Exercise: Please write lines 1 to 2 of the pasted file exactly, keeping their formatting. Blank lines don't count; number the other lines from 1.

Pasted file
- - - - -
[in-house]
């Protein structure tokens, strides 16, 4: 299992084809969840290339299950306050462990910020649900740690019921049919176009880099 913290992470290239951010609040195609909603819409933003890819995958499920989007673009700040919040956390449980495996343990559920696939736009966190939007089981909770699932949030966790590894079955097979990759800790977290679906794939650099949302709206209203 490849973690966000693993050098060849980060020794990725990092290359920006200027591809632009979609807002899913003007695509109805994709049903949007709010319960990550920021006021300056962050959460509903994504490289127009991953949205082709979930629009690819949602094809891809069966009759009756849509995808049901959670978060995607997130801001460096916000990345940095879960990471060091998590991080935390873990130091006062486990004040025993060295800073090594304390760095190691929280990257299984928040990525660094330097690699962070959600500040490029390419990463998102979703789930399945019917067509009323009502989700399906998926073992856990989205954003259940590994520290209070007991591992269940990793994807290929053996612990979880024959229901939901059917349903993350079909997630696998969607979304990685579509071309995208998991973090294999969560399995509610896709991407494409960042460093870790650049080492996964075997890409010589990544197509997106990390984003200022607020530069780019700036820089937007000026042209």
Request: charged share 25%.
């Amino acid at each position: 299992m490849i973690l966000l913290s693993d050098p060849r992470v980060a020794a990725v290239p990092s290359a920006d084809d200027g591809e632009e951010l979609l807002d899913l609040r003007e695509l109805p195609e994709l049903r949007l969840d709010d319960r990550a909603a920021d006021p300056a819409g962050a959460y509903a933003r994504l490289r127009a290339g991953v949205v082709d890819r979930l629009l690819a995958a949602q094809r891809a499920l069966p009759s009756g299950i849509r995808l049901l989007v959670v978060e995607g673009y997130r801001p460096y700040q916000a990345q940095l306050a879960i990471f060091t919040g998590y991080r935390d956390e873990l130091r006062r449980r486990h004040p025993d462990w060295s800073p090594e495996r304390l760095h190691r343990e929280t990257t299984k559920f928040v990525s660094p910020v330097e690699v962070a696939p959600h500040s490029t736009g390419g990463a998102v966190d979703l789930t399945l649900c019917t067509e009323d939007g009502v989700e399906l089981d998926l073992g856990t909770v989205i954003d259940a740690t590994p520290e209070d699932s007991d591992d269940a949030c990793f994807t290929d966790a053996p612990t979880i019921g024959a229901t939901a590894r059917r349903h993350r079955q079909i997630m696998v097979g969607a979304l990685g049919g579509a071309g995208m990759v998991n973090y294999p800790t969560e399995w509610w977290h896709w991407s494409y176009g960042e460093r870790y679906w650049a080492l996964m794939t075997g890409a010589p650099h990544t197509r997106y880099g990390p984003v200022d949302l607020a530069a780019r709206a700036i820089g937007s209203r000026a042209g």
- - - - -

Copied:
[in-house]
């Protein structure tokens, strides 16, 4: 299992084809969840290339299950306050462990910020649900740690019921049919176009880099 913290992470290239951010609040195609909603819409933003890819995958499920989007673009700040919040956390449980495996343990559920696939736009966190939007089981909770699932949030966790590894079955097979990759800790977290679906794939650099949302709206209203 490849973690966000693993050098060849980060020794990725990092290359920006200027591809632009979609807002899913003007695509109805994709049903949007709010319960990550920021006021300056962050959460509903994504490289127009991953949205082709979930629009690819949602094809891809069966009759009756849509995808049901959670978060995607997130801001460096916000990345940095879960990471060091998590991080935390873990130091006062486990004040025993060295800073090594304390760095190691929280990257299984928040990525660094330097690699962070959600500040490029390419990463998102979703789930399945019917067509009323009502989700399906998926073992856990989205954003259940590994520290209070007991591992269940990793994807290929053996612990979880024959229901939901059917349903993350079909997630696998969607979304990685579509071309995208998991973090294999969560399995509610896709991407494409960042460093870790650049080492996964075997890409010589990544197509997106990390984003200022607020530069780019700036820089937007000026042209």